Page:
MDC notes 75th anniversary of Missouri's modern deer hunting tradition

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Kansas City
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Kansas City, Mo. – A 75th anniversary arrived this fall for a treasured Missouri tradition _ hunting white-tailed deer. The herbivores are a keystone species that help shape the state’s natural areas. But it took conservation awareness and support by Missourians to restore a creature and its supporting habitats from pioneer-era excesses.

Deer populations had dwindled to small herds in the Ozarks until the voter-approved and newly-formed Missouri Conservation Commission closed deer hunting in 1937. The policy-setting commission gave the Missouri Department of Conservation (MDC) the job of restoring deer in the state with science-based research and management. Today, almost a half million deer hunters go afield in various hunting seasons and pump a billion dollars through the state’s economy. They harvest almost 300,000 deer annually.

Deer hunters also help MDC maintain an ecological balance for a wildlife species highly valued by Missourians, said Joe DeBold, MDC urban wildlife biologist. Deer can over-browse food sources and face heightened disease threats if they over populate a local area.

“Deer hunting plays a vital role of managing the state’s deer herd population,” DeBold said. “That also helps protect native habitat on the landscape.”

But it took citizen support for conservation to restore an ancient hunting tradition to modern times.

In places such as western Missouri, the mixture of forests, open woodlands, prairies, and river corridors provided ideal white-tail deer habitat. Native Americans considered venison a staple providing meat, leather, and tools. Members of the Lewis and Clark Expedition noted numerous deer and shot them for food as they paddled and pulled a keelboat and pirogues up the Missouri River through what is now urban Kansas City.

“Party in high spirits,” William Clark wrote in his journal on June 24, 1804, as the party passed the Little Blue River in Jackson County. “The country on each side of the river is fine interspersed with prairies, in which immense herds of deer are seen, on the banks of the river we observe numbers of deer watering and feeding on young willows. Several killed to day.”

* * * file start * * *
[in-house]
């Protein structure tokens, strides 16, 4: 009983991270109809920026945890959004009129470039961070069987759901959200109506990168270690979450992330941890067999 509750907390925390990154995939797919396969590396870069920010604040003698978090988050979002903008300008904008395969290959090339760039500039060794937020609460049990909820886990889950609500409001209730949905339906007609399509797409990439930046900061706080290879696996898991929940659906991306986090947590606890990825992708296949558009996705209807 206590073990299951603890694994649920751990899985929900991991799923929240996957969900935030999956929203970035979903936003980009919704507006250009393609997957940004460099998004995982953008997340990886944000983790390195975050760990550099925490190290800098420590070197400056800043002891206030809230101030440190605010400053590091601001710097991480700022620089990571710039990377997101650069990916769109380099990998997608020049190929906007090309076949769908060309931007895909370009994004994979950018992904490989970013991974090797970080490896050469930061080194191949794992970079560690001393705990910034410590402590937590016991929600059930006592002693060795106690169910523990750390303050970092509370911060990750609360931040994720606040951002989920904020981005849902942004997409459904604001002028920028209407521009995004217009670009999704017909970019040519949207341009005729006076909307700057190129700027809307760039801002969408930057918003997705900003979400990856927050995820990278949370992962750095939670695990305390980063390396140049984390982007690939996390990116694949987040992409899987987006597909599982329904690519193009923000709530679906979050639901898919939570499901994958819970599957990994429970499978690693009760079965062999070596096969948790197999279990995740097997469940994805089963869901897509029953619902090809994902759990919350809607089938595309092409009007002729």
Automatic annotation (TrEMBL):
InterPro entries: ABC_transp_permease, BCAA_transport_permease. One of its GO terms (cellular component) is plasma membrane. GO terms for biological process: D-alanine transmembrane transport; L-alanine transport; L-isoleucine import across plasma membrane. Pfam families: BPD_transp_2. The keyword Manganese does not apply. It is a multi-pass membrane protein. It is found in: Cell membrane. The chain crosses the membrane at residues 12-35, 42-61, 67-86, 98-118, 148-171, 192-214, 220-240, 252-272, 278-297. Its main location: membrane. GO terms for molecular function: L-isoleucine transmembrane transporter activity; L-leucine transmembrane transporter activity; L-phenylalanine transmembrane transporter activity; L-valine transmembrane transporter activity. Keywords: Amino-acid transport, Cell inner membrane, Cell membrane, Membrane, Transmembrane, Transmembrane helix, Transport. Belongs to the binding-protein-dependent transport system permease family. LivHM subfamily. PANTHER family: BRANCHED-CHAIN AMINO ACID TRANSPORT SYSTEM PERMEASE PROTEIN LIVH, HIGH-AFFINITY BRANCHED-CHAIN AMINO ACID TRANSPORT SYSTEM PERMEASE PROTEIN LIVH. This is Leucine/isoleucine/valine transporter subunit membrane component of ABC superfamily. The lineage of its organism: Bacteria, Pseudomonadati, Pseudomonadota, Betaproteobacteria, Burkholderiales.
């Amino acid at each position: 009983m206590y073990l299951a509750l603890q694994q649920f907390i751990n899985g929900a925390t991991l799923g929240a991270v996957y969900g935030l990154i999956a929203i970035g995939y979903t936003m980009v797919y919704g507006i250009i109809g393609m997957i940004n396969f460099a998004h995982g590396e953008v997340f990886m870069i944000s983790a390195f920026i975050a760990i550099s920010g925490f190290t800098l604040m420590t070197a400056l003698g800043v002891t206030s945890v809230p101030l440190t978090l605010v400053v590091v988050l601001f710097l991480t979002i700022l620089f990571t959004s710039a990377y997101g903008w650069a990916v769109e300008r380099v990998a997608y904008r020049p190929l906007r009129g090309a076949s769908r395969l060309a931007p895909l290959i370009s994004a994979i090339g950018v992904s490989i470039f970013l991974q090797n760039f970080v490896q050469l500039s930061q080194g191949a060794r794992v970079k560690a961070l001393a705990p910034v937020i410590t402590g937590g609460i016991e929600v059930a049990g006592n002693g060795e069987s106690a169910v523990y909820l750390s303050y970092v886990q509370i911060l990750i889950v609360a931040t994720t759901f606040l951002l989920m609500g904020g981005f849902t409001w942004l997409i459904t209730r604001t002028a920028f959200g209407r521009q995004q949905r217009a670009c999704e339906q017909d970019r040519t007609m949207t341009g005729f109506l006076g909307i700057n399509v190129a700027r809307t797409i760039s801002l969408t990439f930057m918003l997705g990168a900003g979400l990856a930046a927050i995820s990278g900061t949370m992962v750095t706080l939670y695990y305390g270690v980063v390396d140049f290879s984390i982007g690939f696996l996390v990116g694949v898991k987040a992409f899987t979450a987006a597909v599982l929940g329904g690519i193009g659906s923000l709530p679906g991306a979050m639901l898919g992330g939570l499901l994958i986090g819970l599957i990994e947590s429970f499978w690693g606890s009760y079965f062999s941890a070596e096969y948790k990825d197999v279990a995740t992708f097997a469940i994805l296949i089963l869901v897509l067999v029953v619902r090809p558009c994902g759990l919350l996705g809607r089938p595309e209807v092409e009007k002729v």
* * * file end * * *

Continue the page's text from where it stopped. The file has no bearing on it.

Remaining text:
Habitat loss and over hunting had decimated the state’s deer herd by the 1930s. Many Missourians had never seen a deer, let alone hunted one. But MDC’s conservation efforts in a partnership with landowners and hunters brought the nimble whitetails back. In 1944, the first modern deer season was held. Amid the uncertainty and food rationing of World War II, 7,757 hunters harvested 519 bucks during a two-day, bucks-only season in 20 counties.

Today, rare is the Missourian who has not seen a deer. They frequent forests, farms, and the natural areas within the boundaries of cities. Venison is served on many household tables.

A common question posed to MDC staff is: “When is the deer season?” What the questioners are often referencing is the November firearms deer season, which this fall is open Nov. 16-26. That’s the most popular deer season. Hunters harvested more than 200,000 deer during last November’s firearms season.

But deer hunting has also expanded in methods and opportunities during the past 75 years.

In 1946, MDC offered a special archery deer season for bucks only, lasting three days, only in Crawford County. According to a Missouri Conservationist story, only one hunter saw a deer and none were killed. But archery seasons expanded in subsequent years as the state’s deer herd grew. Yet, it was 1952 before a hunter in southeast Missouri killed a fork horn buck with a bow and arrow and was credited with the state’s first legal archery deer harvest of modern times.

In 1959, Voris Dibben of Lake Waukomis bagged a 10-point buck with a bow and arrow west of Parkville in Platte County. Dibben and his archery deer made the front page news of The Kansas City Star with the headline, “Bags Buck 10 Miles from Downtown.”

Today, Missouri offers a lengthy archery deer season throughout the state. Early and late youth-only firearms deer seasons introduce youngsters to the sport and the outdoors. A three-day antlerless season in December allows harvest in some counties with healthy deer populations. A 10-day season is allowed in late December and early January for alternative methods that includes muzzle-loading rifles, archery, pistols, and throwing the atlatl dart. Some cities allow special archery hunts in parks or large acreages to control deer populations in urban settings. MDC conducts classes, clinics, and special hunts to help newcomers enter the outdoor sport.

Deer hunting also has values for people that are not measured by economics.

“For the deer hunter, the importance is the opportunity to get afield and enjoy nature,” DeBold said. “You feel like you’re a part of the wilderness. You are part of the wild with the animal. You also have a chance to harvest an animal that feeds family and friends.”

To learn more about Missouri’s deer hunting opportunities and traditions, visit